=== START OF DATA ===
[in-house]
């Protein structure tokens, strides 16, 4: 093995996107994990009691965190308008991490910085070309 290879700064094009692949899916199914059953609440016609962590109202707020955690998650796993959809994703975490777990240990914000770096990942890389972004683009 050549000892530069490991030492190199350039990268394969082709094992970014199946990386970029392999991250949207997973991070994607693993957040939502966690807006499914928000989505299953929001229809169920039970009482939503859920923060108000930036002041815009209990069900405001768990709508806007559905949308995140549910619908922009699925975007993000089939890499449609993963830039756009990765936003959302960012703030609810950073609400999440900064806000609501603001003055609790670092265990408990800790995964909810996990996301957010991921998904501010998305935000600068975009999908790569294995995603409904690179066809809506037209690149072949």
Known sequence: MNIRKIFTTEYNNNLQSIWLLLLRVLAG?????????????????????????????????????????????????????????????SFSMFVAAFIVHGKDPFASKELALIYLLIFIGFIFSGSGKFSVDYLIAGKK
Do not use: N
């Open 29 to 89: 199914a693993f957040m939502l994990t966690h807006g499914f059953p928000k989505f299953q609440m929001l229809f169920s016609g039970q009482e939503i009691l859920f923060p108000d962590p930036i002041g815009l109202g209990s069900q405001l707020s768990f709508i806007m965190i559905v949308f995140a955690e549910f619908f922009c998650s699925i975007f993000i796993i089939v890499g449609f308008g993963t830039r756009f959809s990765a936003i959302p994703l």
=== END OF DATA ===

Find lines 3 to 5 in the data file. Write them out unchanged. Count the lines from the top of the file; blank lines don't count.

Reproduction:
Known sequence: MNIRKIFTTEYNNNLQSIWLLLLRVLAG?????????????????????????????????????????????????????????????SFSMFVAAFIVHGKDPFASKELALIYLLIFIGFIFSGSGKFSVDYLIAGKK
Do not use: N
């Open 29 to 89: 199914a693993f957040m939502l994990t966690h807006g499914f059953p928000k989505f299953q609440m929001l229809f169920s016609g039970q009482e939503i009691l859920f923060p108000d962590p930036i002041g815009l109202g209990s069900q405001l707020s768990f709508i806007m965190i559905v949308f995140a955690e549910f619908f922009c998650s699925i975007f993000i796993i089939v890499g449609f308008g993963t830039r756009f959809s990765a936003i959302p994703l």